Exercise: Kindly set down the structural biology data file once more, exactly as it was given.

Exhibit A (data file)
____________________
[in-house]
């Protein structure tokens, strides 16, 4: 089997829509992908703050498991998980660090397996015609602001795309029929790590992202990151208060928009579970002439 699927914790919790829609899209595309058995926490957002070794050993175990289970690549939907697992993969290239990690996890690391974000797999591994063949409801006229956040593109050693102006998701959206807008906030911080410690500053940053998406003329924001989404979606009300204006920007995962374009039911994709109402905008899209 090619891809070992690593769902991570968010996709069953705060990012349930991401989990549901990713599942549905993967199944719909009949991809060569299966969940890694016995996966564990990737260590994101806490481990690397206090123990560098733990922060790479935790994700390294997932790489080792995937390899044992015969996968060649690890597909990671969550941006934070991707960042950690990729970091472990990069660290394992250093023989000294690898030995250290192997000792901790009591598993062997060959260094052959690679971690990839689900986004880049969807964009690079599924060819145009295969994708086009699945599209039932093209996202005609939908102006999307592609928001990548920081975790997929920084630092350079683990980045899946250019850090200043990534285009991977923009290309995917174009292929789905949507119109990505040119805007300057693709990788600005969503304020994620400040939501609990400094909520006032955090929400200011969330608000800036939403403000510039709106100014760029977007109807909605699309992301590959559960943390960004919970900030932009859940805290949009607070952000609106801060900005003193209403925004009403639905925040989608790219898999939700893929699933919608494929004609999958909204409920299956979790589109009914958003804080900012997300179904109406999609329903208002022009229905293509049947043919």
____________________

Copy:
[in-house]
């Protein structure tokens, strides 16, 4: 089997829509992908703050498991998980660090397996015609602001795309029929790590992202990151208060928009579970002439 699927914790919790829609899209595309058995926490957002070794050993175990289970690549939907697992993969290239990690996890690391974000797999591994063949409801006229956040593109050693102006998701959206807008906030911080410690500053940053998406003329924001989404979606009300204006920007995962374009039911994709109402905008899209 090619891809070992690593769902991570968010996709069953705060990012349930991401989990549901990713599942549905993967199944719909009949991809060569299966969940890694016995996966564990990737260590994101806490481990690397206090123990560098733990922060790479935790994700390294997932790489080792995937390899044992015969996968060649690890597909990671969550941006934070991707960042950690990729970091472990990069660290394992250093023989000294690898030995250290192997000792901790009591598993062997060959260094052959690679971690990839689900986004880049969807964009690079599924060819145009295969994708086009699945599209039932093209996202005609939908102006999307592609928001990548920081975790997929920084630092350079683990980045899946250019850090200043990534285009991977923009290309995917174009292929789905949507119109990505040119805007300057693709990788600005969503304020994620400040939501609990400094909520006032955090929400200011969330608000800036939403403000510039709106100014760029977007109807909605699309992301590959559960943390960004919970900030932009859940805290949009607070952000609106801060900005003193209403925004009403639905925040989608790219898999939700893929699933919608494929004609999958909204409920299956979790589109009914958003804080900012997300179904109406999609329903208002022009229905293509049947043919």